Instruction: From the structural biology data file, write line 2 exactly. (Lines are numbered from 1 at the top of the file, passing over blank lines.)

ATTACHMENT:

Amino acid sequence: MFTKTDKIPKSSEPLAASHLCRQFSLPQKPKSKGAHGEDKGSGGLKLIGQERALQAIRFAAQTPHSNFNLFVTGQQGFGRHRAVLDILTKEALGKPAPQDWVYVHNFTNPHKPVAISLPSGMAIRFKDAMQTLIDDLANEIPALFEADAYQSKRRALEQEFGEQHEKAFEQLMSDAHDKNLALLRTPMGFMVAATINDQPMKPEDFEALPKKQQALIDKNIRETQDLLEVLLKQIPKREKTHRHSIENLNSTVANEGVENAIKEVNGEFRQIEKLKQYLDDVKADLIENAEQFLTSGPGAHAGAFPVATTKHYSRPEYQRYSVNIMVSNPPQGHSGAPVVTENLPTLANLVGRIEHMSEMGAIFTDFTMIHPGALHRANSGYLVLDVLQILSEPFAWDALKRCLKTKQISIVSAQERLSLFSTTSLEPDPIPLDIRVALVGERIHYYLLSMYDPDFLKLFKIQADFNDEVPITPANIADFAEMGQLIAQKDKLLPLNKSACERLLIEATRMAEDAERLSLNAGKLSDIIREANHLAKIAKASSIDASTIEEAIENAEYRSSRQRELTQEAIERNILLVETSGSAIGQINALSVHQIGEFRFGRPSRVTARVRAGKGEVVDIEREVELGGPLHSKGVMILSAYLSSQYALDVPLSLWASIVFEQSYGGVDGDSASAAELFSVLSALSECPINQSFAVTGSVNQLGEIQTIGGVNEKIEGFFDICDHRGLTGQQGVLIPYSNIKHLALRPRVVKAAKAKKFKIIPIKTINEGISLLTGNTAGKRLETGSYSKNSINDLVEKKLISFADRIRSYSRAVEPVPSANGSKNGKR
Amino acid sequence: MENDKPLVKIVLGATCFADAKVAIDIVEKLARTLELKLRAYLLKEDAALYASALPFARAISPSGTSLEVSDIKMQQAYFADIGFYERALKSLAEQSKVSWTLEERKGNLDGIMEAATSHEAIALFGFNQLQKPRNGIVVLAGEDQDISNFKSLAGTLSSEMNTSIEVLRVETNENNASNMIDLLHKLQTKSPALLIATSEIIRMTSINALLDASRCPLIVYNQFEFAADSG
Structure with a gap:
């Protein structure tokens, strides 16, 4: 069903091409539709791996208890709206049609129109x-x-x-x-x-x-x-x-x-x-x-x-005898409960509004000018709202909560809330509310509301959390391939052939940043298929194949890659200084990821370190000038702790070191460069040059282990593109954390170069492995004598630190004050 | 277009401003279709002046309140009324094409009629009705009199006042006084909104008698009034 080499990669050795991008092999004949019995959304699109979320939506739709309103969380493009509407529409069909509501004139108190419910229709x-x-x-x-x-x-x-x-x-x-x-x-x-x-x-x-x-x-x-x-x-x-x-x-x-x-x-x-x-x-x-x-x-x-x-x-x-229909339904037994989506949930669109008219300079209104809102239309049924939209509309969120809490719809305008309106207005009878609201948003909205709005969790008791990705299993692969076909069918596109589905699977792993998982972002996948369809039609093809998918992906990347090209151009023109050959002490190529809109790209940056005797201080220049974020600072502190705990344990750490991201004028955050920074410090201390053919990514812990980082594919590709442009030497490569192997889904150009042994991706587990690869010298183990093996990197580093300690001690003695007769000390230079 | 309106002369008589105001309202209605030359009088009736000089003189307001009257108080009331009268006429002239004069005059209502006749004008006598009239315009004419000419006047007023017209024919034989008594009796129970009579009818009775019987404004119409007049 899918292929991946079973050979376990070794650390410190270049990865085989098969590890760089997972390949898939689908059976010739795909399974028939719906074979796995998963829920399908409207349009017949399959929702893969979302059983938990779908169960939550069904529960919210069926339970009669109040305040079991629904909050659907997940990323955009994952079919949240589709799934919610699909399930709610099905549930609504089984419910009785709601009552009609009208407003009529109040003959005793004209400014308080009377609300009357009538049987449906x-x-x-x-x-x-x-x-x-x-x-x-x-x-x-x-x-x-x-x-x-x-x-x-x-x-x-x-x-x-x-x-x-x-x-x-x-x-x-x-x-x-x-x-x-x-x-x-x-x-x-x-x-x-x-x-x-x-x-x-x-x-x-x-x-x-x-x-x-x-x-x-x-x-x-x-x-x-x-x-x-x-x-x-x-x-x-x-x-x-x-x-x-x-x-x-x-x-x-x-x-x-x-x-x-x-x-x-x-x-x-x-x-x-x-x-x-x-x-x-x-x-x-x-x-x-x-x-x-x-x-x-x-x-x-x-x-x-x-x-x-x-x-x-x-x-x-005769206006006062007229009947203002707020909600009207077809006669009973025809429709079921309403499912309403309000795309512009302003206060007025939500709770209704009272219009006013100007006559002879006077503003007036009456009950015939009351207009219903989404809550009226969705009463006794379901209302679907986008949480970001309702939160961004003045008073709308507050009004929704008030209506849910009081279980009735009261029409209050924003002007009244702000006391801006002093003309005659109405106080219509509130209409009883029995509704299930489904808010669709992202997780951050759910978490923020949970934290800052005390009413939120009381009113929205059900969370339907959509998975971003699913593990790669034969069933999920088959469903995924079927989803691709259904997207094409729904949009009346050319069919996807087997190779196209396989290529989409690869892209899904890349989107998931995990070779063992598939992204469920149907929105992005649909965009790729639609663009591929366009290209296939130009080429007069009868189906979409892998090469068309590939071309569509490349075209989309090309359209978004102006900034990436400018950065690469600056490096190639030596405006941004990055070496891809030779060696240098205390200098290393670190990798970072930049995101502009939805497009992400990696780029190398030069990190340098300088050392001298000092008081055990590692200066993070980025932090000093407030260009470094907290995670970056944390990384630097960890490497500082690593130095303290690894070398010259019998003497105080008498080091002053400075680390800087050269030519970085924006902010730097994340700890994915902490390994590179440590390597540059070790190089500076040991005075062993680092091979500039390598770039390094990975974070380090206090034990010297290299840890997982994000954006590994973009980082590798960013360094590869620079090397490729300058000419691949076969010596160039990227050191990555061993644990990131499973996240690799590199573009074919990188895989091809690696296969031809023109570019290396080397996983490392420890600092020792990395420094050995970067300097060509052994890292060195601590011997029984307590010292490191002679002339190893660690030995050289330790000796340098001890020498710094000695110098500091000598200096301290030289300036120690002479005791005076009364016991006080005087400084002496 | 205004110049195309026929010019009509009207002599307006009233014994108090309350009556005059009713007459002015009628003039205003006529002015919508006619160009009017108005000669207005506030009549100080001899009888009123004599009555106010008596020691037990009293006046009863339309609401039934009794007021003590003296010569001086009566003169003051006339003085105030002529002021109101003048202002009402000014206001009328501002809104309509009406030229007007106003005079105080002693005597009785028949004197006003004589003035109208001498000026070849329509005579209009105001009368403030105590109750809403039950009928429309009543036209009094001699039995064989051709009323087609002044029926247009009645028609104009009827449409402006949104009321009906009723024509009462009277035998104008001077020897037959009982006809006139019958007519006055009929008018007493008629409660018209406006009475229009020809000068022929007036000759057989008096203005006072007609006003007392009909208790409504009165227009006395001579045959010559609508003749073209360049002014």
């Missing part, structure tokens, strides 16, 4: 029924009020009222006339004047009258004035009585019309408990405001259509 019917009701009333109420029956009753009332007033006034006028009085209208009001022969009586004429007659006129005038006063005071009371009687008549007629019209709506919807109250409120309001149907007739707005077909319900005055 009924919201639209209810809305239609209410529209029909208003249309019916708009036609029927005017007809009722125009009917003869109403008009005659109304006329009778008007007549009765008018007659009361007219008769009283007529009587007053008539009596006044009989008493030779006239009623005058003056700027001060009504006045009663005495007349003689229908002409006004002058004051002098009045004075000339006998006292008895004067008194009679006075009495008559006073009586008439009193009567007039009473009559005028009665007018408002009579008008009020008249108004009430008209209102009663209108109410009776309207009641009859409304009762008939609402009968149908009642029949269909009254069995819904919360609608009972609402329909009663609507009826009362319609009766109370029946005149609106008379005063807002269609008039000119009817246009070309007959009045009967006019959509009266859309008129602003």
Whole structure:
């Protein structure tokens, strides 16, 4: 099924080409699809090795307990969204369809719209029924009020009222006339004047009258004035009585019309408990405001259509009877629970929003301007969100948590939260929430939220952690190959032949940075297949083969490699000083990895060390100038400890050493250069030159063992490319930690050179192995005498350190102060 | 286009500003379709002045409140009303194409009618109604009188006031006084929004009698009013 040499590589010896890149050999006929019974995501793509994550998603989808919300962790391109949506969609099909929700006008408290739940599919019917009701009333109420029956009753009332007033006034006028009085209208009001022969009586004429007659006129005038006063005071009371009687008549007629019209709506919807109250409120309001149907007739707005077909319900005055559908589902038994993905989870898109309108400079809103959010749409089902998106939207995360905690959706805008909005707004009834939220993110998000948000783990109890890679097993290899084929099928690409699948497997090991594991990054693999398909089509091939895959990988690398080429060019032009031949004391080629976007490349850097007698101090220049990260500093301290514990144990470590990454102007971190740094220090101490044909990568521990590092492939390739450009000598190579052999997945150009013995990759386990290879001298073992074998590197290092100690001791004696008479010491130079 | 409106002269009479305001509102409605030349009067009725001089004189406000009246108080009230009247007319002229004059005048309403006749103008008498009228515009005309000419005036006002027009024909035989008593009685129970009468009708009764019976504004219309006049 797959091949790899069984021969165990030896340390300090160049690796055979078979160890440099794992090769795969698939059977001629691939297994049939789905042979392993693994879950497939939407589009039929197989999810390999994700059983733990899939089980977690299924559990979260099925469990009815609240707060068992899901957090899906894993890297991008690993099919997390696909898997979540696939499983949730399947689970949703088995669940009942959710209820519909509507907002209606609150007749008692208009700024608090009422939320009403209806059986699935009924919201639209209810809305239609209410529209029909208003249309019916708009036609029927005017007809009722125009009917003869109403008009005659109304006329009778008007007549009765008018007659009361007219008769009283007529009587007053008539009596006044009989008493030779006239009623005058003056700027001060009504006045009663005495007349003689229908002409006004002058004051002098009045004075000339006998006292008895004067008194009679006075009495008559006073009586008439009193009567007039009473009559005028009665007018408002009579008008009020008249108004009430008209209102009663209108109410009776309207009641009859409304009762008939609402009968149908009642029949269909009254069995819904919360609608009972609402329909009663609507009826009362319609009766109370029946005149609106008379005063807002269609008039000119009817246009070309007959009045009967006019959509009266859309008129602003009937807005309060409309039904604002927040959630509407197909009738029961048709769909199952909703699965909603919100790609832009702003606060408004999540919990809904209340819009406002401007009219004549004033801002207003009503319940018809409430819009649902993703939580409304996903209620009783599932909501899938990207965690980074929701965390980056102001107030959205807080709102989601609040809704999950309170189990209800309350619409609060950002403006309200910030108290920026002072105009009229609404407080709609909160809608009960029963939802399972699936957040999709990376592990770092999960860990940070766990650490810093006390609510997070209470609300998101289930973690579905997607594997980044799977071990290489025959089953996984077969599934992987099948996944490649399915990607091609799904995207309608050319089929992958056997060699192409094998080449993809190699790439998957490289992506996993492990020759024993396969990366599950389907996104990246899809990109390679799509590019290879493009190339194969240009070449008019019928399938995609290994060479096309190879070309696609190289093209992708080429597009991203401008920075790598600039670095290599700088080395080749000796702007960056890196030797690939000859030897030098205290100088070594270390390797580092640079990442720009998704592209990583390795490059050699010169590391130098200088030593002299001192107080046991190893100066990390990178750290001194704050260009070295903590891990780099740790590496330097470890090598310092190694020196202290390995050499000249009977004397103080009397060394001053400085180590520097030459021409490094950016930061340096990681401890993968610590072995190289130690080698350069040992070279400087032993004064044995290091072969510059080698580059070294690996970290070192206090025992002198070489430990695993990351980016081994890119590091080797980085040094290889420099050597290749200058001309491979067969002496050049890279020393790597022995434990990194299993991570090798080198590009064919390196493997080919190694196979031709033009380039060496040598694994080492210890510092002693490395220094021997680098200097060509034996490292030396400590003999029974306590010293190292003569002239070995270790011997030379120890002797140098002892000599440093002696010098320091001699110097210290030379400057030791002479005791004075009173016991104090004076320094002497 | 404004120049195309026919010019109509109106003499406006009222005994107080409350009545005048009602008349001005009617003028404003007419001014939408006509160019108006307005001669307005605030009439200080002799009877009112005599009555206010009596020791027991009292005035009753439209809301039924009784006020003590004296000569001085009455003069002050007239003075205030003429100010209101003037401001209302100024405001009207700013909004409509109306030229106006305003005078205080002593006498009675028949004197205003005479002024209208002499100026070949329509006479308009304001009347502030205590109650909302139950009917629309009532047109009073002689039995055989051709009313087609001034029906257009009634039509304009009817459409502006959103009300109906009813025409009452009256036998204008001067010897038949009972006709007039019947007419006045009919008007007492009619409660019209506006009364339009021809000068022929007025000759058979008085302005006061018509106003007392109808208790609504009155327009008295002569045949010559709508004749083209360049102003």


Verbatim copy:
Amino acid sequence: MENDKPLVKIVLGATCFADAKVAIDIVEKLARTLELKLRAYLLKEDAALYASALPFARAISPSGTSLEVSDIKMQQAYFADIGFYERALKSLAEQSKVSWTLEERKGNLDGIMEAATSHEAIALFGFNQLQKPRNGIVVLAGEDQDISNFKSLAGTLSSEMNTSIEVLRVETNENNASNMIDLLHKLQTKSPALLIATSEIIRMTSINALLDASRCPLIVYNQFEFAADSG